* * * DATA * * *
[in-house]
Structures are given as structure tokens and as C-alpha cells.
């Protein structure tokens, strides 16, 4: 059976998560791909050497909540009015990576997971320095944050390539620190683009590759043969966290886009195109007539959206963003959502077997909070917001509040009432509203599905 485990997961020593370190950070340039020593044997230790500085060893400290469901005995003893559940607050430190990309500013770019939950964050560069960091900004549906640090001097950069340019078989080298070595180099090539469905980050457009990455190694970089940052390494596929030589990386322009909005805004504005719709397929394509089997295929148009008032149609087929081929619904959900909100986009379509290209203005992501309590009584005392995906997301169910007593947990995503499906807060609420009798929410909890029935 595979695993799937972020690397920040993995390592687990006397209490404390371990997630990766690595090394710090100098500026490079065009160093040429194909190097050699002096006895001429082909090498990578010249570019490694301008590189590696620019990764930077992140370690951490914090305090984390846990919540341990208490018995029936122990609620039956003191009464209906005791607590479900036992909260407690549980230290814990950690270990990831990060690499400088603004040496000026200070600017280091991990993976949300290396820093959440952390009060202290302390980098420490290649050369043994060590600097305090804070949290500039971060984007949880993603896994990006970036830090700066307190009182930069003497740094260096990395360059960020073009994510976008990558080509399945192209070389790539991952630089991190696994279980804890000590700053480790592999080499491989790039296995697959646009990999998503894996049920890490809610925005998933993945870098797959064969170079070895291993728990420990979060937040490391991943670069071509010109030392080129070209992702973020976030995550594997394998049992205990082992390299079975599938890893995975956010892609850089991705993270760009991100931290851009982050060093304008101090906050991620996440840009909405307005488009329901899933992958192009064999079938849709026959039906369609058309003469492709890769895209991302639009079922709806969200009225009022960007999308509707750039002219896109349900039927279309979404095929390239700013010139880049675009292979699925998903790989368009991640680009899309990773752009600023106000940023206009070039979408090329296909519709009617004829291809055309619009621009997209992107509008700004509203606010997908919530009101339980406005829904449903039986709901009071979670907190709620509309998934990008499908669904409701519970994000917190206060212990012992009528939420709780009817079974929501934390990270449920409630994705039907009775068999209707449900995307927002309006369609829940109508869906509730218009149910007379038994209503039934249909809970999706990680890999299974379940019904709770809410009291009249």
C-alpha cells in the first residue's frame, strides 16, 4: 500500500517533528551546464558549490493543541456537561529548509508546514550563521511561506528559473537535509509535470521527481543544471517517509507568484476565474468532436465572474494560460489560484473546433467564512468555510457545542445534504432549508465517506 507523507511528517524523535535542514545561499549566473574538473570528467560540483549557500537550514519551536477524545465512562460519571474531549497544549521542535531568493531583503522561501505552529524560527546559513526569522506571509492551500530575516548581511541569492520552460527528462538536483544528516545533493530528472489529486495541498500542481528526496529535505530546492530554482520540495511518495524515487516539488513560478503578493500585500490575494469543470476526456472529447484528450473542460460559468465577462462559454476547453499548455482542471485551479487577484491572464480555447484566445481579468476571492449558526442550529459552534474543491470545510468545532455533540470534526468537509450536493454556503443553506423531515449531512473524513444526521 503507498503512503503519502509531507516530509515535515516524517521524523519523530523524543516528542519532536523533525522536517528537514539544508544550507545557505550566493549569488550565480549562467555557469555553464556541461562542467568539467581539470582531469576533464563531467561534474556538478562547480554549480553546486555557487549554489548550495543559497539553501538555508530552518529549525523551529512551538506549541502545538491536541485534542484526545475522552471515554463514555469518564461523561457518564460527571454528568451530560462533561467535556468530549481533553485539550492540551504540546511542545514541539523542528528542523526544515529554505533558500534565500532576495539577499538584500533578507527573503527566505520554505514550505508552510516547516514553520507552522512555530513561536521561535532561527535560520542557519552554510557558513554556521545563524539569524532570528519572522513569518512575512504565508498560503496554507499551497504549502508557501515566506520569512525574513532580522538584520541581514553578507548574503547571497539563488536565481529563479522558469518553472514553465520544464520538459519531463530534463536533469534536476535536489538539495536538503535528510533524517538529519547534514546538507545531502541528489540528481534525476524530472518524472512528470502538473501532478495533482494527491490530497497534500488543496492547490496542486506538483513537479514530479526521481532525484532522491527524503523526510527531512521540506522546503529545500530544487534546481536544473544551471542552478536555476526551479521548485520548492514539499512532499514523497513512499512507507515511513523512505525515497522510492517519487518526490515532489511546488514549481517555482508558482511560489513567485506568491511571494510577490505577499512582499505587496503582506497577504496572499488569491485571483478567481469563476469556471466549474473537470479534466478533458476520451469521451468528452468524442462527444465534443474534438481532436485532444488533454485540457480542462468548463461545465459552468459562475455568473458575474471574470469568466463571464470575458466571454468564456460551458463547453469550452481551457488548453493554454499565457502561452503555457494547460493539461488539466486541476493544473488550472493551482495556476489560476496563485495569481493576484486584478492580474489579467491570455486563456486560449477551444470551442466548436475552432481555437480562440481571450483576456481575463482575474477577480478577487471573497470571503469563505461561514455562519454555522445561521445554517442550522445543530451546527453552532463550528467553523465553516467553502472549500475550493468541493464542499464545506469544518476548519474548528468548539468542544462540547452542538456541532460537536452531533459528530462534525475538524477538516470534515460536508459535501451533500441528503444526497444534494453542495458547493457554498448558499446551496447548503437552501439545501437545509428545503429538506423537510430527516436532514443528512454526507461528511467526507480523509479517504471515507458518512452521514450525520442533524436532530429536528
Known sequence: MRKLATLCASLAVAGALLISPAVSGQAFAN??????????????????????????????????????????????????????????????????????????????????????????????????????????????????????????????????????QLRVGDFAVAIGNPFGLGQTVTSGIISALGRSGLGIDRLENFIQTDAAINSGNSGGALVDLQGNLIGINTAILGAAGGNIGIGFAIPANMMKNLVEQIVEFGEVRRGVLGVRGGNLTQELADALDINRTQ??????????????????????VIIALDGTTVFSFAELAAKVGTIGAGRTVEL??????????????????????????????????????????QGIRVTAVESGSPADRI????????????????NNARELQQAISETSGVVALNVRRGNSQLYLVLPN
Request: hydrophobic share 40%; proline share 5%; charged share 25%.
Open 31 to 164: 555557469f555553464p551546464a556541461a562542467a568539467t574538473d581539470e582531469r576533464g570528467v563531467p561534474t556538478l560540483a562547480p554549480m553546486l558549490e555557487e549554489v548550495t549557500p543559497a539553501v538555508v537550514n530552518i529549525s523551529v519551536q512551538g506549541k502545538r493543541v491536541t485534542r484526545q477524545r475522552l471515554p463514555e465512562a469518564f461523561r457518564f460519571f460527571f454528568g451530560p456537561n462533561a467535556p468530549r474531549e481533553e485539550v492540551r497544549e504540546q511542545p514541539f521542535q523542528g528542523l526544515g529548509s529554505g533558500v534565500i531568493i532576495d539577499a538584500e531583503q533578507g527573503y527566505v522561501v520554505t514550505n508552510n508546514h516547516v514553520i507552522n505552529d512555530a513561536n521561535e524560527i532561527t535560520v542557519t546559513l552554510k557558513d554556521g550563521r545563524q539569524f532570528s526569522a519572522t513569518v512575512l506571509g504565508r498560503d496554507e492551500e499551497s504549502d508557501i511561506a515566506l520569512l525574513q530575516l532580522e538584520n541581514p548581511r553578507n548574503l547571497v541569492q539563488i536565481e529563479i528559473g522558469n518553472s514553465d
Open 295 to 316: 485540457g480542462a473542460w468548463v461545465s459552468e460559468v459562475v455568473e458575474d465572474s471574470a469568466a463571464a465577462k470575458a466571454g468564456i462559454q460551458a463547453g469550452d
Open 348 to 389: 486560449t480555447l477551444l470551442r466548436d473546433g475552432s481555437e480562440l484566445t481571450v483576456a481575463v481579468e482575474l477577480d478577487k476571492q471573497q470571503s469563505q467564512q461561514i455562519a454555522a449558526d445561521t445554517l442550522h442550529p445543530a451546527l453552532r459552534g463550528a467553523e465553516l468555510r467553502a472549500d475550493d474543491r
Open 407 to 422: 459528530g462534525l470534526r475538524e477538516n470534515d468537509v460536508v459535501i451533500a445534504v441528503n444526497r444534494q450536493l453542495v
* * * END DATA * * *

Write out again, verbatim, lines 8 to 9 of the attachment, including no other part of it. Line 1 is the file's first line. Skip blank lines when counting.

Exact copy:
Open 295 to 316: 485540457g480542462a473542460w468548463v461545465s459552468e460559468v459562475v455568473e458575474d465572474s471574470a469568466a463571464a465577462k470575458a466571454g468564456i462559454q460551458a463547453g469550452d
Open 348 to 389: 486560449t480555447l477551444l470551442r466548436d473546433g475552432s481555437e480562440l484566445t481571450v483576456a481575463v481579468e482575474l477577480d478577487k476571492q471573497q470571503s469563505q467564512q461561514i455562519a454555522a449558526d445561521t445554517l442550522h442550529p445543530a451546527l453552532r459552534g463550528a467553523e465553516l468555510r467553502a472549500d475550493d474543491r